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How Do You Measure Your Efficiency?

There’s a misconception that productivity and efficiency are the same things. But that’s kind of a problem when it comes to improving your performance. But how do you measure your efficiency?

 

Ben Mulholland explains this nicely over at Process Street. Productivity “measures output over time, whereas efficiency measures input versus output. Together they can tell you how quickly something is completed, the resources it takes to get there, and (through analysis) whether the whole thing is worth your investment.”

Or, as Jessica Greene from Zapier, explains, “Productivity measures how much you do or produce within a given timeframe. Efficiency, on the other hand, is about being productive with less effort.”

“So if you answered 50 more customer support tickets this week because you worked through them as fast as possible, you were more productive,” writes Jessica. “But if you answered 50 more tickets because you used a text expansion app to respond to commonly asked questions, you were more productive and more efficient.”

In other words, “to be more productive in a way that won’t burn you out in the long run, you have to figure out how to be more efficient.”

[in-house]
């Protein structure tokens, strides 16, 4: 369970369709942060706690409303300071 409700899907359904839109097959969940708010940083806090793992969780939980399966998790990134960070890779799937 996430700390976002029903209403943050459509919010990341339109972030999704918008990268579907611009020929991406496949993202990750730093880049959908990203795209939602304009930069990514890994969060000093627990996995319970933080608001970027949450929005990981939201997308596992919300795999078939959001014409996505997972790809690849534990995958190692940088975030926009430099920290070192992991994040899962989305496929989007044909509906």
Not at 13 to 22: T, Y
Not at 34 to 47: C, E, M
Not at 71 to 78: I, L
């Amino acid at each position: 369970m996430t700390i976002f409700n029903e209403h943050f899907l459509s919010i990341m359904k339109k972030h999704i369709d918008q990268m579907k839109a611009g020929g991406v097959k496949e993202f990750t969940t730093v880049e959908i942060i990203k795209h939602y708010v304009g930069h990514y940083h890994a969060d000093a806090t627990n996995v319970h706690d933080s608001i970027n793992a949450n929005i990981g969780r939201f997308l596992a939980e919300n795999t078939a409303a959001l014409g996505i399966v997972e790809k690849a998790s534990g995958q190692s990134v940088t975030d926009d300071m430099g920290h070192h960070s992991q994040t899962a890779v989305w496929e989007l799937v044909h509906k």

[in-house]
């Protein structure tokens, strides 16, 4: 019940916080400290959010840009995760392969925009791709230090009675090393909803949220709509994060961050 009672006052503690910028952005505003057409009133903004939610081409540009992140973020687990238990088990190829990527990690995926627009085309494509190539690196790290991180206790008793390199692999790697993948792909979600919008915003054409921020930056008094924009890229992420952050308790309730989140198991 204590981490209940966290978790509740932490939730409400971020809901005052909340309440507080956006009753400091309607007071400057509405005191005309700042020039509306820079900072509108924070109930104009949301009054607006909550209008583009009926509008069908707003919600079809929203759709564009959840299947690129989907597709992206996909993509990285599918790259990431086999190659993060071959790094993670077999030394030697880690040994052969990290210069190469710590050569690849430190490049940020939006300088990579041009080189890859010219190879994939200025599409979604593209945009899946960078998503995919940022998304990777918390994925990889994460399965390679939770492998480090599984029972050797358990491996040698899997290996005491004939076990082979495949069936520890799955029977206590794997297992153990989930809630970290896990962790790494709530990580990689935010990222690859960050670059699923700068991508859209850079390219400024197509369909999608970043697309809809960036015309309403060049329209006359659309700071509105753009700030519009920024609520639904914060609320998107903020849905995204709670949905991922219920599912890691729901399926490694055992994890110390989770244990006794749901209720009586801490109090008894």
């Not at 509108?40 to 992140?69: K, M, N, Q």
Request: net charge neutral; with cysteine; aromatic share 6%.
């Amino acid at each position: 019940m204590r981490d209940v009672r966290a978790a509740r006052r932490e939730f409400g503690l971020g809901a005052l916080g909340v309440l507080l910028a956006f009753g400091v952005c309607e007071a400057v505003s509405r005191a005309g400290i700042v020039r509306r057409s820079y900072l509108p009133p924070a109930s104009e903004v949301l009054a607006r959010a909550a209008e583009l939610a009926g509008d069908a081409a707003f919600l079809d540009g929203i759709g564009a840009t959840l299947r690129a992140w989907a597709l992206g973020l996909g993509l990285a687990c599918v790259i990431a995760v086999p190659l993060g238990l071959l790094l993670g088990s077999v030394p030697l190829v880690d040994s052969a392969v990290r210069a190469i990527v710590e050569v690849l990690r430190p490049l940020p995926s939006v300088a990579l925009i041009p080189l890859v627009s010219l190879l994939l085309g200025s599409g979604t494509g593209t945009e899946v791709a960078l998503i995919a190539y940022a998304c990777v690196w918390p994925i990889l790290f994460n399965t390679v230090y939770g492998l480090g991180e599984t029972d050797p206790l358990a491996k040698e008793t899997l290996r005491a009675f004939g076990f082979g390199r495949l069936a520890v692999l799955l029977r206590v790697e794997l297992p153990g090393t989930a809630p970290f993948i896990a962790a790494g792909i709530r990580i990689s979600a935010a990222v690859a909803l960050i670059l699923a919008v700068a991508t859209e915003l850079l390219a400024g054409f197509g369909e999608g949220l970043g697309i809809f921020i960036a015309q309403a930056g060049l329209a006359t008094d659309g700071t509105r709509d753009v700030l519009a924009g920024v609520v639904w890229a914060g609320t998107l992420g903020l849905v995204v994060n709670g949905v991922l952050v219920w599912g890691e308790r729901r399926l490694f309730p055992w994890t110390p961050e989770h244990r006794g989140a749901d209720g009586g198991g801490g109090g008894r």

Hopefully, this clears the difference between productivity and efficiency.  But, more importantly, I hope that you understand why it’s essential to measure your efficiency. And, here’s how you can do just that.

Performance metrics.

If you have employees, you probably use performance metrics to see how, well, they’re performing. Typically, they fall into one of the following four categories.

Work quality metrics

“Work quality metrics say something about the quality of the employee’s performance,” explains Erik van Vulpen over at HR Analytics. “The best-known metric is a subjective appraisal by the direct manager.”

Examples include:

  • Management by objectives. The management objectives are goals that an employee works towards and receives points if he reaches them.
  • Subjective appraisal by the manager. Usually, a nine-box grid holds the stats for assessing performance and potential done by the manager.
  • Product defects. Product defects are usually involved in an industry that manufactures products. You could determine performance by the number of defects the employee was responsible for.
  • The number of errors. Similar to the above, the “number of errors” can be applied to programming.
  • Net promoter score. “NPS is a number (usually between 1 and 10) which represents the willingness of a client to recommend a company’s service to other potential clients,” explains Erik van Vulpen.
  • 360-degree feedback. 360-feedback is when peers, subordinates, customers, and managers are asked to asses the individual’s performance.
  • 180-degree feedback. 180-degree feedback is a simpler alternative to the above where only direct colleagues and managers are involved.
  • Forced ranking. Forced ranking is when a manager ranks their team from best to worst.